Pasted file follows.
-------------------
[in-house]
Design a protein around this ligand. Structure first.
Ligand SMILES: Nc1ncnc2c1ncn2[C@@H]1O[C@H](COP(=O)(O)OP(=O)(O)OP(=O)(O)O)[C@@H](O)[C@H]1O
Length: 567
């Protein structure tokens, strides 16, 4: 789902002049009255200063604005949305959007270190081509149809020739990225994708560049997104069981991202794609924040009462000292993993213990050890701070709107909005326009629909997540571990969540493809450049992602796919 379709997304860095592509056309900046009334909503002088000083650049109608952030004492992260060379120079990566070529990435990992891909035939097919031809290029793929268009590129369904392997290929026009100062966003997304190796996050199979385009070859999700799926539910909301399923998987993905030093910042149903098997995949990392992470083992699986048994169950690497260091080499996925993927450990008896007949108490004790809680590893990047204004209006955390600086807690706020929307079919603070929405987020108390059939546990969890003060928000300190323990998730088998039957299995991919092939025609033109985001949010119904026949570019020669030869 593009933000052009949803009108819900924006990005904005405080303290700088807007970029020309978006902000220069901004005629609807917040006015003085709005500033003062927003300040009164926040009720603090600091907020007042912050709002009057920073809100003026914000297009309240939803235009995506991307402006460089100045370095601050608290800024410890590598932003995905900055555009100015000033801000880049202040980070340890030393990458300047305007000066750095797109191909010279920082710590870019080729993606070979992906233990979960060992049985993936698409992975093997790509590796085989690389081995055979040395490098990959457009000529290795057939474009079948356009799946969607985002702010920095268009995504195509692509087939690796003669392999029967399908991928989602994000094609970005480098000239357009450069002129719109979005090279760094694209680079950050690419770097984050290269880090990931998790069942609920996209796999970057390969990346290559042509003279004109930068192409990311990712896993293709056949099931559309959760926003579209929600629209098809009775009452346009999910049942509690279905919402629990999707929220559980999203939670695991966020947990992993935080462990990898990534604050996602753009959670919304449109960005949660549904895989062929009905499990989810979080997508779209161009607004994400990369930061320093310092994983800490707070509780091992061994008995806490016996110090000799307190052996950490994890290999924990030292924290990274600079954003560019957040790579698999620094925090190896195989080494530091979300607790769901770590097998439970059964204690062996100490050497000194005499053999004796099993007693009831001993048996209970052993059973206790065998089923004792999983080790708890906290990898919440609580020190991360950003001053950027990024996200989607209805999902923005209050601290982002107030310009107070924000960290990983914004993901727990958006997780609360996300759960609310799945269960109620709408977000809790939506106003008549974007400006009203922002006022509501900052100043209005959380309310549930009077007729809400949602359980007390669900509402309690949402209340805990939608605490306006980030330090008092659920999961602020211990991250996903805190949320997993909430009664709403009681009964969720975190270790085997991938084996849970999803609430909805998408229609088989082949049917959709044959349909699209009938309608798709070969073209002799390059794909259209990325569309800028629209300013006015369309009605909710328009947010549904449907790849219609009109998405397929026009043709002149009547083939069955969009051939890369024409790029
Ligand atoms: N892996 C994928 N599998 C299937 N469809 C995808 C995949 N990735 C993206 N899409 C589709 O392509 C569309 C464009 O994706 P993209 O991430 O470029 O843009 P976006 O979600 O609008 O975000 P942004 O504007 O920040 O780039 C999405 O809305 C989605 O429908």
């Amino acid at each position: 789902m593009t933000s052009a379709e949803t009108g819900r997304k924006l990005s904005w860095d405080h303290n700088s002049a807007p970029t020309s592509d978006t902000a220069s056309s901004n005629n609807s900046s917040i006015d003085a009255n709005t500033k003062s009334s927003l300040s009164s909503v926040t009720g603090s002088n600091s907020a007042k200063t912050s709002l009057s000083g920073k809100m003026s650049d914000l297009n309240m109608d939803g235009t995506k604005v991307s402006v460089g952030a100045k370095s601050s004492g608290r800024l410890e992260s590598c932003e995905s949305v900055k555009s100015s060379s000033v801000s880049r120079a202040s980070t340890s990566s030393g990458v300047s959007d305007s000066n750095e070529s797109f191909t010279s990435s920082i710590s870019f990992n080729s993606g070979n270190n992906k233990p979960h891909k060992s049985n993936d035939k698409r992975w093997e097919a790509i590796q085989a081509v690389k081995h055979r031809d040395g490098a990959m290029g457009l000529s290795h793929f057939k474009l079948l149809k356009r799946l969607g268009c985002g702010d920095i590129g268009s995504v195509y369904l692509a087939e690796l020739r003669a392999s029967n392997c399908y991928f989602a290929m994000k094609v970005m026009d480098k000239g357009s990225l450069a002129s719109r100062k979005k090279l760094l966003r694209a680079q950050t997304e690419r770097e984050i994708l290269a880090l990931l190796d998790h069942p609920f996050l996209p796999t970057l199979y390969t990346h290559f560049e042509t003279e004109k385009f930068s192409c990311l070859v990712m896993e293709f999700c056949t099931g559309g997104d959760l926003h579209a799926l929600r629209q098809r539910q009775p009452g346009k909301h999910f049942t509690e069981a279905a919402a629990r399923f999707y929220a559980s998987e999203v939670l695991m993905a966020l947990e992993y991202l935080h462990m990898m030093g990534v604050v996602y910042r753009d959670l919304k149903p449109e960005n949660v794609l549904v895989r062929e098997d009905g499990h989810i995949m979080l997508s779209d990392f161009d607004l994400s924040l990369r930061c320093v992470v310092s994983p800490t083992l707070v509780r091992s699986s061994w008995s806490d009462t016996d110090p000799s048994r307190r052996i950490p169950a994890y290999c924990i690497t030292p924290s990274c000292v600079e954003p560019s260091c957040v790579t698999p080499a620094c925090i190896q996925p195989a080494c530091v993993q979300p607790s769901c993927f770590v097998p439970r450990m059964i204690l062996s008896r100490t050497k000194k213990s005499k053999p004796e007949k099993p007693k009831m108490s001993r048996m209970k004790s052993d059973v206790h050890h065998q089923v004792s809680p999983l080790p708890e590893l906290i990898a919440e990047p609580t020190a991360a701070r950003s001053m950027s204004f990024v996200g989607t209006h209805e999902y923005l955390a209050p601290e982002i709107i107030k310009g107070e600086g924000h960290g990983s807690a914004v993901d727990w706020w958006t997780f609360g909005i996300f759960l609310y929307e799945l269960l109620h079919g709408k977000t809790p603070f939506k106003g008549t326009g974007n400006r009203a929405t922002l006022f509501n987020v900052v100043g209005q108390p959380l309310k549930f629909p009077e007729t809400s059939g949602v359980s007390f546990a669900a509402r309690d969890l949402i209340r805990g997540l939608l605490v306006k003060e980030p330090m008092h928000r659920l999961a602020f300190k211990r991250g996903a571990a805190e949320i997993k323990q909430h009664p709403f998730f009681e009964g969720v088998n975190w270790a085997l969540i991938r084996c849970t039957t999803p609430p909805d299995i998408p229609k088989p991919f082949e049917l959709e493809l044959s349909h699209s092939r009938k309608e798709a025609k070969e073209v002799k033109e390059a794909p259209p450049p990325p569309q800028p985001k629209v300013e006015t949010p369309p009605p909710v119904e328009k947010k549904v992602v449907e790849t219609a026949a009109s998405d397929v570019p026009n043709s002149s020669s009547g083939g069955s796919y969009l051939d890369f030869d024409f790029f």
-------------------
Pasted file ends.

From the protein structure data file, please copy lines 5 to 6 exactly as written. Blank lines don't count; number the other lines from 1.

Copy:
């Protein structure tokens, strides 16, 4: 789902002049009255200063604005949305959007270190081509149809020739990225994708560049997104069981991202794609924040009462000292993993213990050890701070709107909005326009629909997540571990969540493809450049992602796919 379709997304860095592509056309900046009334909503002088000083650049109608952030004492992260060379120079990566070529990435990992891909035939097919031809290029793929268009590129369904392997290929026009100062966003997304190796996050199979385009070859999700799926539910909301399923998987993905030093910042149903098997995949990392992470083992699986048994169950690497260091080499996925993927450990008896007949108490004790809680590893990047204004209006955390600086807690706020929307079919603070929405987020108390059939546990969890003060928000300190323990998730088998039957299995991919092939025609033109985001949010119904026949570019020669030869 593009933000052009949803009108819900924006990005904005405080303290700088807007970029020309978006902000220069901004005629609807917040006015003085709005500033003062927003300040009164926040009720603090600091907020007042912050709002009057920073809100003026914000297009309240939803235009995506991307402006460089100045370095601050608290800024410890590598932003995905900055555009100015000033801000880049202040980070340890030393990458300047305007000066750095797109191909010279920082710590870019080729993606070979992906233990979960060992049985993936698409992975093997790509590796085989690389081995055979040395490098990959457009000529290795057939474009079948356009799946969607985002702010920095268009995504195509692509087939690796003669392999029967399908991928989602994000094609970005480098000239357009450069002129719109979005090279760094694209680079950050690419770097984050290269880090990931998790069942609920996209796999970057390969990346290559042509003279004109930068192409990311990712896993293709056949099931559309959760926003579209929600629209098809009775009452346009999910049942509690279905919402629990999707929220559980999203939670695991966020947990992993935080462990990898990534604050996602753009959670919304449109960005949660549904895989062929009905499990989810979080997508779209161009607004994400990369930061320093310092994983800490707070509780091992061994008995806490016996110090000799307190052996950490994890290999924990030292924290990274600079954003560019957040790579698999620094925090190896195989080494530091979300607790769901770590097998439970059964204690062996100490050497000194005499053999004796099993007693009831001993048996209970052993059973206790065998089923004792999983080790708890906290990898919440609580020190991360950003001053950027990024996200989607209805999902923005209050601290982002107030310009107070924000960290990983914004993901727990958006997780609360996300759960609310799945269960109620709408977000809790939506106003008549974007400006009203922002006022509501900052100043209005959380309310549930009077007729809400949602359980007390669900509402309690949402209340805990939608605490306006980030330090008092659920999961602020211990991250996903805190949320997993909430009664709403009681009964969720975190270790085997991938084996849970999803609430909805998408229609088989082949049917959709044959349909699209009938309608798709070969073209002799390059794909259209990325569309800028629209300013006015369309009605909710328009947010549904449907790849219609009109998405397929026009043709002149009547083939069955969009051939890369024409790029
Ligand atoms: N892996 C994928 N599998 C299937 N469809 C995808 C995949 N990735 C993206 N899409 C589709 O392509 C569309 C464009 O994706 P993209 O991430 O470029 O843009 P976006 O979600 O609008 O975000 P942004 O504007 O920040 O780039 C999405 O809305 C989605 O429908």